Shop at the Saquisilí Market
Few activities offer a greater insight into the daily life of people in the central highlands than a visit to a rural market. For most of the week the town of Saquisilí, around 12.5 miles (20 kilometers) north of Latacunga, is a quiet, subdued place, but every Thursday it becomes the buzzing hub of the surrounding region. The bustling market, spread across several plazas and numerous streets, has a lower profile than its well-known equivalent in Otavalo, and a result has a more authentic feel. The action kicks of around 7am with a rowdy—and pungent—livestock sale featuring everything from donkeys to alpacas. Later in the morning, the focus moves to textiles, fruit and vegetables, household items, electronics, and everything in between. There’s also plenty of local food on offer: those with an adventurous palate can even sample a famous Andean specialty, cuy – roasted guinea pig.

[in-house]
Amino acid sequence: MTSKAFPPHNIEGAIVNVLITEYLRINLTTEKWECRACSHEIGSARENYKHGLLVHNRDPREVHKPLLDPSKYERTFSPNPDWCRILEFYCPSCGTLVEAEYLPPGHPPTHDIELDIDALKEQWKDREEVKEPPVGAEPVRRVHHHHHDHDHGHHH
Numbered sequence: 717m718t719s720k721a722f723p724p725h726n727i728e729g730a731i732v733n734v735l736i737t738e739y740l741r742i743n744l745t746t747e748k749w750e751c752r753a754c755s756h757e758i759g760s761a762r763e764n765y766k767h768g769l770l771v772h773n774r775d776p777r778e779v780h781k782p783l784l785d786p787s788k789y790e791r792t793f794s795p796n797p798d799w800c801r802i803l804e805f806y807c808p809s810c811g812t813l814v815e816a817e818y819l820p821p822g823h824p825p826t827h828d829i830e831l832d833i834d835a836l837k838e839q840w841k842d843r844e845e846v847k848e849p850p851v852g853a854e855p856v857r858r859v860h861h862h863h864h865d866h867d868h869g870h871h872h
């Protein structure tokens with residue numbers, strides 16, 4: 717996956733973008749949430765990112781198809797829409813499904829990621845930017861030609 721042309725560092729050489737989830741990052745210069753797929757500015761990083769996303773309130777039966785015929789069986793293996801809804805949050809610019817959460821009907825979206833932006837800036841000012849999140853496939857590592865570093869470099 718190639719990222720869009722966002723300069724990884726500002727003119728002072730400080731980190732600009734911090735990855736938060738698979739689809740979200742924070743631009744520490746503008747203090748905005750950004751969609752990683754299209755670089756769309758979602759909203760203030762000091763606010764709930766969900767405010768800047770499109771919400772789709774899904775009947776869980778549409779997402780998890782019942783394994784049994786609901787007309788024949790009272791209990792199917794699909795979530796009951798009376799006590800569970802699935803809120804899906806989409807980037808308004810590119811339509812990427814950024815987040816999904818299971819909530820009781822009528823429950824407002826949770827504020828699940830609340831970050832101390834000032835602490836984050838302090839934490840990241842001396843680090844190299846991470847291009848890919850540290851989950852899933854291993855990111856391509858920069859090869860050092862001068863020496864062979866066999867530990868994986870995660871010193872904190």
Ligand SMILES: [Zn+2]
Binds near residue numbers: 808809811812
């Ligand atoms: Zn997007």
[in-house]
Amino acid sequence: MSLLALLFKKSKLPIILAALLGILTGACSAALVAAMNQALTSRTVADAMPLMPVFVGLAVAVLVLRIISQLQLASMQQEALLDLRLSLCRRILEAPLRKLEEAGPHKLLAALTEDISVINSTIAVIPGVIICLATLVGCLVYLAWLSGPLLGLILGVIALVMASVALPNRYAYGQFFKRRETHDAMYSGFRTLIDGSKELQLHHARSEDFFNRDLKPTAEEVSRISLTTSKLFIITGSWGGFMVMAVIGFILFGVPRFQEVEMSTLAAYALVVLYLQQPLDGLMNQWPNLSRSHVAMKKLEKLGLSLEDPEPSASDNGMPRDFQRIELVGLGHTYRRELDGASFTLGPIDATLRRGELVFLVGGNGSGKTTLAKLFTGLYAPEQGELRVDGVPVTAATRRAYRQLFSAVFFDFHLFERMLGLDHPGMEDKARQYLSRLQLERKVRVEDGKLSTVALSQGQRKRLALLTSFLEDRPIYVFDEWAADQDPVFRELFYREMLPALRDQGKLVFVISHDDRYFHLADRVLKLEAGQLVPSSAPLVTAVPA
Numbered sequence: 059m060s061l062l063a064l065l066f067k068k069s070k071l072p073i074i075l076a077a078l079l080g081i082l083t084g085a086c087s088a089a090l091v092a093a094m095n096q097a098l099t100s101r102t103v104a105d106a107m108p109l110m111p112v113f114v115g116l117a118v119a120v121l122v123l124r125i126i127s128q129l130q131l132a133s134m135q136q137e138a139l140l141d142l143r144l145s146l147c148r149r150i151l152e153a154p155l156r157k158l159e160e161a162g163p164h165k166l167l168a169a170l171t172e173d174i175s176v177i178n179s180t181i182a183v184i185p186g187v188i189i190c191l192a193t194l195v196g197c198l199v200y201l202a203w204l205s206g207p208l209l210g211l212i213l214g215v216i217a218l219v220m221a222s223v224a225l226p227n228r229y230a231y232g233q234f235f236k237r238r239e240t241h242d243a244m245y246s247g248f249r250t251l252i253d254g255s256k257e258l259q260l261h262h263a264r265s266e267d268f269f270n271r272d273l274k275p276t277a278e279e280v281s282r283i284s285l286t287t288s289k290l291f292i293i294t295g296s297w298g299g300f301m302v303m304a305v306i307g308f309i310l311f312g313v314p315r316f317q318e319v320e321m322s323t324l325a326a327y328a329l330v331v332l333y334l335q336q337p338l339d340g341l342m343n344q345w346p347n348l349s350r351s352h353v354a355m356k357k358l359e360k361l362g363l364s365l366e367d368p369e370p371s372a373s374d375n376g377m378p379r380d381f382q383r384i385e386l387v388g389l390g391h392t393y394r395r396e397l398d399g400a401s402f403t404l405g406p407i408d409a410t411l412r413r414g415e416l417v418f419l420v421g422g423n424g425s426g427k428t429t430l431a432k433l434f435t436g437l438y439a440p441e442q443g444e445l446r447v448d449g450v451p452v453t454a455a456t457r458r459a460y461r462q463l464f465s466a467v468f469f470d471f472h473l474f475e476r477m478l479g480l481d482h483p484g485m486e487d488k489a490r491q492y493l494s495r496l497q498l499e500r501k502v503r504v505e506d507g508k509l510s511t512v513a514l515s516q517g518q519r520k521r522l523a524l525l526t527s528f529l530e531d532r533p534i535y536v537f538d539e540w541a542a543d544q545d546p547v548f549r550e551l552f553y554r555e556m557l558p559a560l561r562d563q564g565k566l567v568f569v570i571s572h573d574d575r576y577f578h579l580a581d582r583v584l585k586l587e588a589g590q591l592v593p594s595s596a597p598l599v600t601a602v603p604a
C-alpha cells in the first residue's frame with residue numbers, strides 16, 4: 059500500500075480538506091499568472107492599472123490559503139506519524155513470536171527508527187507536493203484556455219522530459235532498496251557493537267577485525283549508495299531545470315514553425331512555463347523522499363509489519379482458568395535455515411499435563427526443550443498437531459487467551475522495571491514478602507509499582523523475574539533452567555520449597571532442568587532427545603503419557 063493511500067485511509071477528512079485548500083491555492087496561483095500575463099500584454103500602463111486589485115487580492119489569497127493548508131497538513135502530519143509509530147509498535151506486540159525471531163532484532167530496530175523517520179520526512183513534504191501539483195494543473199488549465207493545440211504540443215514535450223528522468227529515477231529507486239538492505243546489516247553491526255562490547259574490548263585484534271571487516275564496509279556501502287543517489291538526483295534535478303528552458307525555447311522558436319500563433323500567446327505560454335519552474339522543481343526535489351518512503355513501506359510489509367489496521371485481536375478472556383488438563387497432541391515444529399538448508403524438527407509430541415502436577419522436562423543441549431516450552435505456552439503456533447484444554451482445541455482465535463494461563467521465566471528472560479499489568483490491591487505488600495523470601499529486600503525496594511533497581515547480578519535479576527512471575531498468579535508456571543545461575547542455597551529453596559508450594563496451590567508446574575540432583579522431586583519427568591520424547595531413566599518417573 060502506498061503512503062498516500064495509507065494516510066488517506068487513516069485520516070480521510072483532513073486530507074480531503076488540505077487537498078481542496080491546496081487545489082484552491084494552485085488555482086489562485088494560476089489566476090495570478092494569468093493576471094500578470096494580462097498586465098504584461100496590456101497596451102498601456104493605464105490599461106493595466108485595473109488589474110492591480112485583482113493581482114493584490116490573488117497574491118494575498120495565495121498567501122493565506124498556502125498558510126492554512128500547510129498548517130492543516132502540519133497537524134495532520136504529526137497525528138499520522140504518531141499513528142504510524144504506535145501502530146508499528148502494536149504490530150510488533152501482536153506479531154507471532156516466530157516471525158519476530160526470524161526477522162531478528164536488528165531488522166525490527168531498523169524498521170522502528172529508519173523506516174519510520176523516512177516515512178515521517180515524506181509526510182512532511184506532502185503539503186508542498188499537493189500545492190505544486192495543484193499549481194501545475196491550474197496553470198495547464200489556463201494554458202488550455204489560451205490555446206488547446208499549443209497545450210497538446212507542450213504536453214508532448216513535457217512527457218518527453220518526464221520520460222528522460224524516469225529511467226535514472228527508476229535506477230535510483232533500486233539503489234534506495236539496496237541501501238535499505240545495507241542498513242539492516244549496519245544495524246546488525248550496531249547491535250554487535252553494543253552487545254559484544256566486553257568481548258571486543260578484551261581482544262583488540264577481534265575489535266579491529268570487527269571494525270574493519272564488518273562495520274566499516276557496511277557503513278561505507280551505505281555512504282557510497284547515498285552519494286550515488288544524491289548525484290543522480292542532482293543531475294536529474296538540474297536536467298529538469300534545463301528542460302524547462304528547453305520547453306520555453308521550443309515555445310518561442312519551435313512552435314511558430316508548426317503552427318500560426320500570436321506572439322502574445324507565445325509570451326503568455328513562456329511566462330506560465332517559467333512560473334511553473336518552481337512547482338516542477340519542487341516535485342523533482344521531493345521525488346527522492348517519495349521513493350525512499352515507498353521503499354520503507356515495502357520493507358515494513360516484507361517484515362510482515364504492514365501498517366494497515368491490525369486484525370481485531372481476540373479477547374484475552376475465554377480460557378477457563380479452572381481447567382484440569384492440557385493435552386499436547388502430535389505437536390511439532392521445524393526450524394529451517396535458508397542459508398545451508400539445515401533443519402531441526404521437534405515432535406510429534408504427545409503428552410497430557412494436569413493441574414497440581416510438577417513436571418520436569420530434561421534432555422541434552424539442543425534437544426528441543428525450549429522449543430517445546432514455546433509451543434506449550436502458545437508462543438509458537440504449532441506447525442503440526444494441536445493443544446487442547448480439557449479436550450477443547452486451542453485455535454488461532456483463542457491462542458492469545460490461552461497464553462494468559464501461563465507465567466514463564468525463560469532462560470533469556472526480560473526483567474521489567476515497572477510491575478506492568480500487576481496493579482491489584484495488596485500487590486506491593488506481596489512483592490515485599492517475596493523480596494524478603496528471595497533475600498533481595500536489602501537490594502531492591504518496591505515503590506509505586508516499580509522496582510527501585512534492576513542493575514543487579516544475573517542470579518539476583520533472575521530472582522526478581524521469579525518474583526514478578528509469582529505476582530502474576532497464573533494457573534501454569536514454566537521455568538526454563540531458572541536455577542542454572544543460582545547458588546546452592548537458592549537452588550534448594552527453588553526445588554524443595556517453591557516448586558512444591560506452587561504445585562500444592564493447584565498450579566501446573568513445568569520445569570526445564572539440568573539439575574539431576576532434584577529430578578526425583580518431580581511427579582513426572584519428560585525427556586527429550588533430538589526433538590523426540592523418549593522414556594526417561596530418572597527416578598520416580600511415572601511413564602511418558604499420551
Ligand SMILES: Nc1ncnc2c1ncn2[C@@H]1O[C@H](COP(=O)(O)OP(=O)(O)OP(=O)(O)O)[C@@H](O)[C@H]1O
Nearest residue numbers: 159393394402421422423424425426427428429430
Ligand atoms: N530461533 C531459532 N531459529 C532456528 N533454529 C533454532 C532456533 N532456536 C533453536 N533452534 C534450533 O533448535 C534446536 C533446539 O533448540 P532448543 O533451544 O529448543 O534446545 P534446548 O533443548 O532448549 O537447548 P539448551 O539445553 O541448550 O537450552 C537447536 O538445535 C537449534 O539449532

For more markets and other local activities to check out while you're in Ecuador, take a look at this roundup of local experiences.
Travel Around the Quilotoa Loop
This 125-mile circuit around the eye-catching, emerald-green Quilotoa Lake is one of the most popular trips in the country. Lasting anything from one day to two weeks, depending on the route you take and the form of transport you use, it is ideal for travelers short on time but keen to get a taste of life in the highlands. Although guided tours are available, the Quilotoa Loop is easy to do independently, and there are plenty of opportunities for side trips and activities, notably horseback riding. (For the equestrian-minded, the Cotopaxi region has many opportunities for horseback riding; this five-day itinerary is a good example).